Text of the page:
[alsa-devel] Enabling in-kernel synch for M-Audio boards

John Rigg aldev at sound-man.co.uk
Tue Sep 18 12:40:33 CEST 2007

On Tue, Sep 18, 2007 at 10:07:05AM +0200, Ludovico Verducci wrote:
> John Rigg ha scritto:
> > On Mon, Sep 17, 2007 at 08:44:03PM +0100, John Rigg wrote:
> >   
> >> On Mon, Sep 17, 2007 at 12:22:19PM +0200, Ludovico Verducci wrote:
> >>> I'm developing a complex multichannel audio distribution system where 
> >>> multiple linux boxes will stream audio data over ethernet and then 
> >>> should play audio at sample level resolution synchronization. The boxes 
> >>> clocks are synchronized over ethernet using PTP. 
> >>> I need to keep in synch the audio board's clocks and I can't use an 
> >>> external wordclock nor s/pdif. 
> >>>       
> >> Won't this cause serious clock jitter problems? I don't see how the
> >> PCI bus can deliver precise enough timing, considering how much other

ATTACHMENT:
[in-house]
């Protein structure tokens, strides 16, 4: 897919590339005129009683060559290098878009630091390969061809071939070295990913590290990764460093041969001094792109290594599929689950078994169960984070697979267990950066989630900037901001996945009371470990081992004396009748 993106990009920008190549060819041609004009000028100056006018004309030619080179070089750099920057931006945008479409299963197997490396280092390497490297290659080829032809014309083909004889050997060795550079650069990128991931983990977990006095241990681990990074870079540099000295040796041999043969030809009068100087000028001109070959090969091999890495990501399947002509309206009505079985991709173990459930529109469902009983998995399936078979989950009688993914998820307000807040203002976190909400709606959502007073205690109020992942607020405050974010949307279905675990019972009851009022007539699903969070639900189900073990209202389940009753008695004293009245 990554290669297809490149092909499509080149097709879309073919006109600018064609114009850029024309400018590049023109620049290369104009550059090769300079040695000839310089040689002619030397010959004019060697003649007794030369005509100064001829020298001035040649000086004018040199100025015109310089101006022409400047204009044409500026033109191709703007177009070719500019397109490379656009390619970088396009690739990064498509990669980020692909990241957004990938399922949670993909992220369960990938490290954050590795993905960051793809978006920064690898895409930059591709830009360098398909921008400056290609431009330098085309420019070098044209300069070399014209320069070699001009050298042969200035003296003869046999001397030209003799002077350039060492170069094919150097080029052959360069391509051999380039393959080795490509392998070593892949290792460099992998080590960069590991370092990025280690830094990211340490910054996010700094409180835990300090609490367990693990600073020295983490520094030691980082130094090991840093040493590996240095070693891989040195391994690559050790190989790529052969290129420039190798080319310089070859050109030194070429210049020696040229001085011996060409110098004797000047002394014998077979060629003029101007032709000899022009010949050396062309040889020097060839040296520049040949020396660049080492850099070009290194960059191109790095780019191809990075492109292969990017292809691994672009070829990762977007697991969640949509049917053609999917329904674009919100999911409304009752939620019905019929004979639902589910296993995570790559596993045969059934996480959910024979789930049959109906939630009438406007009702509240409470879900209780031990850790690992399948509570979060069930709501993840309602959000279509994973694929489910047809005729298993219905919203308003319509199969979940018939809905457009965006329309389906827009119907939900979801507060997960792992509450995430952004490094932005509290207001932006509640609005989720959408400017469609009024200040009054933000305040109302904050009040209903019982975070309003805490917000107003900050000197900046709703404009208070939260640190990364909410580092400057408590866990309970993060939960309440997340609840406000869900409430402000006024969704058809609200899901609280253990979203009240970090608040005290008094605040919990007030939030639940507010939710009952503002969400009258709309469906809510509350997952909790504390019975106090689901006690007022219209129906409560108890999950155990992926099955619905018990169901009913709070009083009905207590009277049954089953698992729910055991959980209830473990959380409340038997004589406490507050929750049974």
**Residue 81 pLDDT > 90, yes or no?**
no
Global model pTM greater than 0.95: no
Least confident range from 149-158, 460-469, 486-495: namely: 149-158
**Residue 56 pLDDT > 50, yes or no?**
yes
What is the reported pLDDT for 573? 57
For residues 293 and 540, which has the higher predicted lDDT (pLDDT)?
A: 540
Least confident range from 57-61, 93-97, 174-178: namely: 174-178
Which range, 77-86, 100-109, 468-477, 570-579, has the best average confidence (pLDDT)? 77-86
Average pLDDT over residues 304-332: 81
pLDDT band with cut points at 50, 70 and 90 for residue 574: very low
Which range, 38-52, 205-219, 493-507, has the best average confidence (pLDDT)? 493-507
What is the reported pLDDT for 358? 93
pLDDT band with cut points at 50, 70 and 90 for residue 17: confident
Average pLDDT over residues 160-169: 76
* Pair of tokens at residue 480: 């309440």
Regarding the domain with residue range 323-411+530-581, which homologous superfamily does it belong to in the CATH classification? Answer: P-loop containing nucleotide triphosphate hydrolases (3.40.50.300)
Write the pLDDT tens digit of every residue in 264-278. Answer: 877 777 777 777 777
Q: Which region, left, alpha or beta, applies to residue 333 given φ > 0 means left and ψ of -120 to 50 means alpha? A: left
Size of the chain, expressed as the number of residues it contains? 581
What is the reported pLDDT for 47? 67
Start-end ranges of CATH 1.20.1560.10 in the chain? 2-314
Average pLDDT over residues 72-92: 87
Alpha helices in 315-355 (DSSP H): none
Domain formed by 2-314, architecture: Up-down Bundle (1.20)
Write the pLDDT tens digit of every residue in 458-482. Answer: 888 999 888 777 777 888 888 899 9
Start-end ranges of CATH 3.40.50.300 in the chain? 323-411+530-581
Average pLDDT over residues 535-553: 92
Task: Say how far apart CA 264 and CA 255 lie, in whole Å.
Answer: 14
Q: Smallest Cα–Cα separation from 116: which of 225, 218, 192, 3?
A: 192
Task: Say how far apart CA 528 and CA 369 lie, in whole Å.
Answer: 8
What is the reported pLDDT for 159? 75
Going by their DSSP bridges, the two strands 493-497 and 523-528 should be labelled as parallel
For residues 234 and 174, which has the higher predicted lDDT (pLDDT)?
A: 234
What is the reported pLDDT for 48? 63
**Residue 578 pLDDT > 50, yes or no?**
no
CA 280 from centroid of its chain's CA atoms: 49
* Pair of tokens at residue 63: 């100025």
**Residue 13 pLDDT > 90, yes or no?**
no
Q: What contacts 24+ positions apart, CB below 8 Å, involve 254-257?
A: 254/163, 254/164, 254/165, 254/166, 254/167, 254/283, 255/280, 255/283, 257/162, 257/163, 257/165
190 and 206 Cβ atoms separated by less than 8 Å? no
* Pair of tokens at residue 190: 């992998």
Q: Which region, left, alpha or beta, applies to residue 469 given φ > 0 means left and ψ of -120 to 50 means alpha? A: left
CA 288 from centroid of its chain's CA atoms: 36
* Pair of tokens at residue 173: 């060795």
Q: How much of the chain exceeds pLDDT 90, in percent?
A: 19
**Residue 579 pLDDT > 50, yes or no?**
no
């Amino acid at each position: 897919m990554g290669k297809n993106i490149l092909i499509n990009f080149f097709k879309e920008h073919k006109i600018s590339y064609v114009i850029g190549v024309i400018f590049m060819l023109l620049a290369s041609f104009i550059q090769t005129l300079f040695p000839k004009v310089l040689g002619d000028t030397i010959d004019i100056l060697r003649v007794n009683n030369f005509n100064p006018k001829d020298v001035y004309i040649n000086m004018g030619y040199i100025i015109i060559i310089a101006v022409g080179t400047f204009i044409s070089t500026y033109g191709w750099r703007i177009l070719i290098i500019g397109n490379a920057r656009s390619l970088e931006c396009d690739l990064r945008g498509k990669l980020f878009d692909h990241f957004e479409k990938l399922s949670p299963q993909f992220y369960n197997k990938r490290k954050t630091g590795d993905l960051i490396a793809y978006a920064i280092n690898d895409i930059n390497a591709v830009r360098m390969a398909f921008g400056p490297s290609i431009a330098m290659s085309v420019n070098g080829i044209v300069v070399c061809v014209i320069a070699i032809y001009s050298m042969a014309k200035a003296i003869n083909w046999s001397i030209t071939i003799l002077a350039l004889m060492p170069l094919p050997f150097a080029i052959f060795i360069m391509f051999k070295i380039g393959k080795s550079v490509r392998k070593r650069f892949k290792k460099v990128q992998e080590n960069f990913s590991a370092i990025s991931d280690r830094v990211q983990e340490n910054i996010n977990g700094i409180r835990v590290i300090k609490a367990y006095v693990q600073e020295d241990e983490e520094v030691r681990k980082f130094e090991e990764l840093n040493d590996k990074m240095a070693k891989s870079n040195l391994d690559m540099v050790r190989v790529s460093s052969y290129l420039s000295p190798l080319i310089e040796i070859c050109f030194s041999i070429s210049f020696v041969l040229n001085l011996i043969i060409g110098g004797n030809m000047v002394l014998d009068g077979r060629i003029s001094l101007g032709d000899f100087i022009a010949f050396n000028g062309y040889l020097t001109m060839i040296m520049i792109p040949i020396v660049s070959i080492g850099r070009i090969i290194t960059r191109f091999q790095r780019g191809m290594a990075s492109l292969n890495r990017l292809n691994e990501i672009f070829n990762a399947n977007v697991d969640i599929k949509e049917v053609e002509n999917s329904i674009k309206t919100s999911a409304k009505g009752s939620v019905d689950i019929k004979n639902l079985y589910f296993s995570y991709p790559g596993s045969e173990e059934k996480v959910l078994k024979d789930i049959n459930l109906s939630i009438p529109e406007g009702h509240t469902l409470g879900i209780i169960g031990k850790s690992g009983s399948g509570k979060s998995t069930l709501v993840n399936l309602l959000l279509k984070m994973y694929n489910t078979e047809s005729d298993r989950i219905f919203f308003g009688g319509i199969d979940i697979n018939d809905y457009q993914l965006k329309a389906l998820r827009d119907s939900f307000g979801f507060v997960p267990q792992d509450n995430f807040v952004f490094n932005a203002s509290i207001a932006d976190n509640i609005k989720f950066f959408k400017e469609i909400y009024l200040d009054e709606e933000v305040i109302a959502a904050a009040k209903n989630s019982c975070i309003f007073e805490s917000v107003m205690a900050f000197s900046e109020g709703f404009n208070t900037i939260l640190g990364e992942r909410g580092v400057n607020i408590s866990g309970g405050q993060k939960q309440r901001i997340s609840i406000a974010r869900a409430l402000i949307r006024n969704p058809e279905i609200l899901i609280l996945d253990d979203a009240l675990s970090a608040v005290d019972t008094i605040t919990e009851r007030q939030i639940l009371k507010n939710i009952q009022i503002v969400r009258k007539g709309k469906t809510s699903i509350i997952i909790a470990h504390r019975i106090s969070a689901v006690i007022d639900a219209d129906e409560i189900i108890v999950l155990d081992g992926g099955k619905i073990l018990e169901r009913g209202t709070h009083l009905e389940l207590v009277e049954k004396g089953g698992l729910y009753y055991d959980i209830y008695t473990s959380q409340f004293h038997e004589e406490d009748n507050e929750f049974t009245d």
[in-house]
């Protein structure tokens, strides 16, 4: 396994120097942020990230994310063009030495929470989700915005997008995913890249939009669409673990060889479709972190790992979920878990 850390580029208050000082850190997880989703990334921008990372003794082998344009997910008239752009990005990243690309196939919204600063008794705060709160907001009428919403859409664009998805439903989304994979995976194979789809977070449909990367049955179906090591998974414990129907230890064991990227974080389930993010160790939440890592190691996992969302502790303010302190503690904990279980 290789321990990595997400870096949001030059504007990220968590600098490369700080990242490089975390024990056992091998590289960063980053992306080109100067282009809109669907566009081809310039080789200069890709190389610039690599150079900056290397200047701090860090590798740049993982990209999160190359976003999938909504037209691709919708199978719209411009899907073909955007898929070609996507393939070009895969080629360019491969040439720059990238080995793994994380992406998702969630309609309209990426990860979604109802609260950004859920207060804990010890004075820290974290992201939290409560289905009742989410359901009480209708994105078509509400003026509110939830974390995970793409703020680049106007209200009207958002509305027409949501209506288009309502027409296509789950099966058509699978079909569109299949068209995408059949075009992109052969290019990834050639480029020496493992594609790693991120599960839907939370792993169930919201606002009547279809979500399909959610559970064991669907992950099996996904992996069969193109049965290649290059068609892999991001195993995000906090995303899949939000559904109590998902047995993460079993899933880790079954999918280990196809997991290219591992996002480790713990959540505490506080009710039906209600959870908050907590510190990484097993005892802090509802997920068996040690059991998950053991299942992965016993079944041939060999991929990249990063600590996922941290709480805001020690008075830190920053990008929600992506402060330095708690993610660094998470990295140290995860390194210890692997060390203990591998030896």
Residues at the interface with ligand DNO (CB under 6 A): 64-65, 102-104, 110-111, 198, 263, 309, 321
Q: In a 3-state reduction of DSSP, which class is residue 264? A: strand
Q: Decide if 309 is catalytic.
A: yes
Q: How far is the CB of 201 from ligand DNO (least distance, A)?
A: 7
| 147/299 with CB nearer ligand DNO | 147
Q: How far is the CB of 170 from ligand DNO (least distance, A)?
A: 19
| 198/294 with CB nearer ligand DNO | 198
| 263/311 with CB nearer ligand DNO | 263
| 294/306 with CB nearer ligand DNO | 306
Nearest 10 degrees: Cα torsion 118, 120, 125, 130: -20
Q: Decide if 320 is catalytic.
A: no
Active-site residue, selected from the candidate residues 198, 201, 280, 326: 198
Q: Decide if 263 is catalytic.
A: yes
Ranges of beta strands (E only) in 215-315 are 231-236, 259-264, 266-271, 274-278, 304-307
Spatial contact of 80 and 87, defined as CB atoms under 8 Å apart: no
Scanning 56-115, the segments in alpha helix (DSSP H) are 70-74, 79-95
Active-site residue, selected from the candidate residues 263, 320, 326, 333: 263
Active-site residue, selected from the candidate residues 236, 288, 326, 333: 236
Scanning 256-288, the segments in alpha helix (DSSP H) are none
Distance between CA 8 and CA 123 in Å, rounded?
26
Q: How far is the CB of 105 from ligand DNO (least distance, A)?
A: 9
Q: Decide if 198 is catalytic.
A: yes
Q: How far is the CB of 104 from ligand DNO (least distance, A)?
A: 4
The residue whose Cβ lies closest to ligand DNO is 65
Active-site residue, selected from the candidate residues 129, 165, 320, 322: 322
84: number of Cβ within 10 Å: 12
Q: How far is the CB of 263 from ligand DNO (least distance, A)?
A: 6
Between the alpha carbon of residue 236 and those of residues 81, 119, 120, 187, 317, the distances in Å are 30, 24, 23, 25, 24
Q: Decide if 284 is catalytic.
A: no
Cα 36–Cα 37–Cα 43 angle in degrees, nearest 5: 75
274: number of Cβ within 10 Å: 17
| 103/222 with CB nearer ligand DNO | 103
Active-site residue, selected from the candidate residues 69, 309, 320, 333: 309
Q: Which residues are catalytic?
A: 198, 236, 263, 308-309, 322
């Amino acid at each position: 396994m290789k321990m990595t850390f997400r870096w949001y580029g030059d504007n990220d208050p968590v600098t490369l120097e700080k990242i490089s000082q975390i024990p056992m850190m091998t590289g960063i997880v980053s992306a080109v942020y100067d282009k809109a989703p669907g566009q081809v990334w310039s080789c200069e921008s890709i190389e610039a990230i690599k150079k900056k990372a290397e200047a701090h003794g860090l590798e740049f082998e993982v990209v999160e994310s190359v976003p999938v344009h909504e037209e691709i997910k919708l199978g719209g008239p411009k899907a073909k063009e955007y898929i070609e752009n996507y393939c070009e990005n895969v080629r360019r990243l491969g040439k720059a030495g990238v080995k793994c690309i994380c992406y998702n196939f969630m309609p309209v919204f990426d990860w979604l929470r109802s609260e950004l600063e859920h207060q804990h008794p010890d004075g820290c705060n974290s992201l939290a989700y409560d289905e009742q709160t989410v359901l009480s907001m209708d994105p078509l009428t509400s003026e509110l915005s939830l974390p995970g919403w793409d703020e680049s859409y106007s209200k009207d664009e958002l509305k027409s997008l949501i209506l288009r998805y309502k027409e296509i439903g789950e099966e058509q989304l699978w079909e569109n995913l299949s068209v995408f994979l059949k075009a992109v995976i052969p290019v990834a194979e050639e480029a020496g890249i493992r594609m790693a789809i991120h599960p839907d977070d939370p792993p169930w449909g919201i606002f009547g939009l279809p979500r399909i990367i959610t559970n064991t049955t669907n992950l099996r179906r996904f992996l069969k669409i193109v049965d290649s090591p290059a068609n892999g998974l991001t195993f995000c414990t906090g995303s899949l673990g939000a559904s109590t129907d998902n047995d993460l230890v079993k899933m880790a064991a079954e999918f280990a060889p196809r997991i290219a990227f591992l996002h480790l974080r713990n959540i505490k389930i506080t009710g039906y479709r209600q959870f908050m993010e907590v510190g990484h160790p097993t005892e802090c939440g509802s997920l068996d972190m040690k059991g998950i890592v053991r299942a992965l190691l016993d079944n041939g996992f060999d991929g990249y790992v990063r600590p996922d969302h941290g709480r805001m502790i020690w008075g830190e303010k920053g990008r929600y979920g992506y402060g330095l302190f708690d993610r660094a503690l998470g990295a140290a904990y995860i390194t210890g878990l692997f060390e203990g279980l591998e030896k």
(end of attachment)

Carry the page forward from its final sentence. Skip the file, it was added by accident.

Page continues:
> >> data it has to handle.
> >>     
> I didn't mean to directly drive the audio board's clock over the PCI
> bus. I think this is simply not feasible. But I think that using control
> signals periodically exchanged over PCI between the audio board and the
> kernel could be possible (if the hardware could support a similar
> feature, of course) to skew the board's clock to keep it in synch with a
> software reference.

Ah, I misunderstood what you meant.

> As far as I know the delta family boards drivers support the
> synchronization of up to 4 audio boards over PCI: at the moment I'm
> reverse engineering the hardware trying to understand how this can be
> accomplished.

I'm aware that some Windows users are using several Delta 1010s
without external sync, but I'm not sure how it is done (or how
good it sounds). AFAIK it would require a VCXO so that the frequency 
of the card's clock could be varied by enough to keep it in sync 
(ie. making the clock oscillator part of a phase locked loop). Looking
at the PCI card on the 1010, I can only see standard fixed-frequency 
crystals. The only PLLs appear to be the internal PLL in the S/PDIF
receiver and the 4046 PLL chip for the word clock input signal.


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